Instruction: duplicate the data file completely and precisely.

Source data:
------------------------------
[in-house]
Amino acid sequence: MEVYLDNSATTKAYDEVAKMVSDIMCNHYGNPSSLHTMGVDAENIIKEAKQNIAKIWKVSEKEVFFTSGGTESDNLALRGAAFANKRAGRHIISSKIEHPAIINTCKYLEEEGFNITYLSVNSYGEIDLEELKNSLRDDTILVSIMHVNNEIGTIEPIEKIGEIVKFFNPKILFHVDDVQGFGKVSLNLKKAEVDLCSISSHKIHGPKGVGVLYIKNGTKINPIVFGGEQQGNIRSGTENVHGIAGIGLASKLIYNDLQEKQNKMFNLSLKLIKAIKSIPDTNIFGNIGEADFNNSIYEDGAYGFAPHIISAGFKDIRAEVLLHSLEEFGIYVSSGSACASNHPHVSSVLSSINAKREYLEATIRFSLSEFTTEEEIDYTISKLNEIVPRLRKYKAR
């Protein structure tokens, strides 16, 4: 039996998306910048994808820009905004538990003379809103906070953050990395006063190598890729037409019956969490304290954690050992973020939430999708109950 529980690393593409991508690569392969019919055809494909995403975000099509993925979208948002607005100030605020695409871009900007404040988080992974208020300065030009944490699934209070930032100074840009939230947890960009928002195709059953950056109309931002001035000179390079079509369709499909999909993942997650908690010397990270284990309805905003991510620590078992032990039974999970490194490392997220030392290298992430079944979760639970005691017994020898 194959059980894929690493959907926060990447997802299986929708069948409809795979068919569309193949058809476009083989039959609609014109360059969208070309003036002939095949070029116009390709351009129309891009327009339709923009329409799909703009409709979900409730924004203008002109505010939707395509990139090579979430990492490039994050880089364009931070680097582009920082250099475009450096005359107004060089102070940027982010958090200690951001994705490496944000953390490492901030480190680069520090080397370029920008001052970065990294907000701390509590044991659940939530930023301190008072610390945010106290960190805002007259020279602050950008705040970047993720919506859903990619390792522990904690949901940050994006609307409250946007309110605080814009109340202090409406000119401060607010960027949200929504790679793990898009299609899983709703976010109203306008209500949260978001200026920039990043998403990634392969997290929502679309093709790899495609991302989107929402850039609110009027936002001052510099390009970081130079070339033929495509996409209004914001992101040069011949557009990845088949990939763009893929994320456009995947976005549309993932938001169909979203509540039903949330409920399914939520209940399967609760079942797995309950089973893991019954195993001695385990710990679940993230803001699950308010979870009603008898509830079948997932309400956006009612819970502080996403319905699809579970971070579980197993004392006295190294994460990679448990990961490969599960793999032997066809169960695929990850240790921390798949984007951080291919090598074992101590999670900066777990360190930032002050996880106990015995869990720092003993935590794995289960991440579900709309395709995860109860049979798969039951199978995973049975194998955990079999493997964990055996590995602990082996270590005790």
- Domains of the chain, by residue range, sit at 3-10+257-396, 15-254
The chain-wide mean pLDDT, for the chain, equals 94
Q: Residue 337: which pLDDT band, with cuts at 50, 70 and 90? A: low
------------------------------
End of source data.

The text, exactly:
[in-house]
Amino acid sequence: MEVYLDNSATTKAYDEVAKMVSDIMCNHYGNPSSLHTMGVDAENIIKEAKQNIAKIWKVSEKEVFFTSGGTESDNLALRGAAFANKRAGRHIISSKIEHPAIINTCKYLEEEGFNITYLSVNSYGEIDLEELKNSLRDDTILVSIMHVNNEIGTIEPIEKIGEIVKFFNPKILFHVDDVQGFGKVSLNLKKAEVDLCSISSHKIHGPKGVGVLYIKNGTKINPIVFGGEQQGNIRSGTENVHGIAGIGLASKLIYNDLQEKQNKMFNLSLKLIKAIKSIPDTNIFGNIGEADFNNSIYEDGAYGFAPHIISAGFKDIRAEVLLHSLEEFGIYVSSGSACASNHPHVSSVLSSINAKREYLEATIRFSLSEFTTEEEIDYTISKLNEIVPRLRKYKAR
């Protein structure tokens, strides 16, 4: 039996998306910048994808820009905004538990003379809103906070953050990395006063190598890729037409019956969490304290954690050992973020939430999708109950 529980690393593409991508690569392969019919055809494909995403975000099509993925979208948002607005100030605020695409871009900007404040988080992974208020300065030009944490699934209070930032100074840009939230947890960009928002195709059953950056109309931002001035000179390079079509369709499909999909993942997650908690010397990270284990309805905003991510620590078992032990039974999970490194490392997220030392290298992430079944979760639970005691017994020898 194959059980894929690493959907926060990447997802299986929708069948409809795979068919569309193949058809476009083989039959609609014109360059969208070309003036002939095949070029116009390709351009129309891009327009339709923009329409799909703009409709979900409730924004203008002109505010939707395509990139090579979430990492490039994050880089364009931070680097582009920082250099475009450096005359107004060089102070940027982010958090200690951001994705490496944000953390490492901030480190680069520090080397370029920008001052970065990294907000701390509590044991659940939530930023301190008072610390945010106290960190805002007259020279602050950008705040970047993720919506859903990619390792522990904690949901940050994006609307409250946007309110605080814009109340202090409406000119401060607010960027949200929504790679793990898009299609899983709703976010109203306008209500949260978001200026920039990043998403990634392969997290929502679309093709790899495609991302989107929402850039609110009027936002001052510099390009970081130079070339033929495509996409209004914001992101040069011949557009990845088949990939763009893929994320456009995947976005549309993932938001169909979203509540039903949330409920399914939520209940399967609760079942797995309950089973893991019954195993001695385990710990679940993230803001699950308010979870009603008898509830079948997932309400956006009612819970502080996403319905699809579970971070579980197993004392006295190294994460990679448990990961490969599960793999032997066809169960695929990850240790921390798949984007951080291919090598074992101590999670900066777990360190930032002050996880106990015995869990720092003993935590794995289960991440579900709309395709995860109860049979798969039951199978995973049975194998955990079999493997964990055996590995602990082996270590005790």
- Domains of the chain, by residue range, sit at 3-10+257-396, 15-254
The chain-wide mean pLDDT, for the chain, equals 94
Q: Residue 337: which pLDDT band, with cuts at 50, 70 and 90? A: low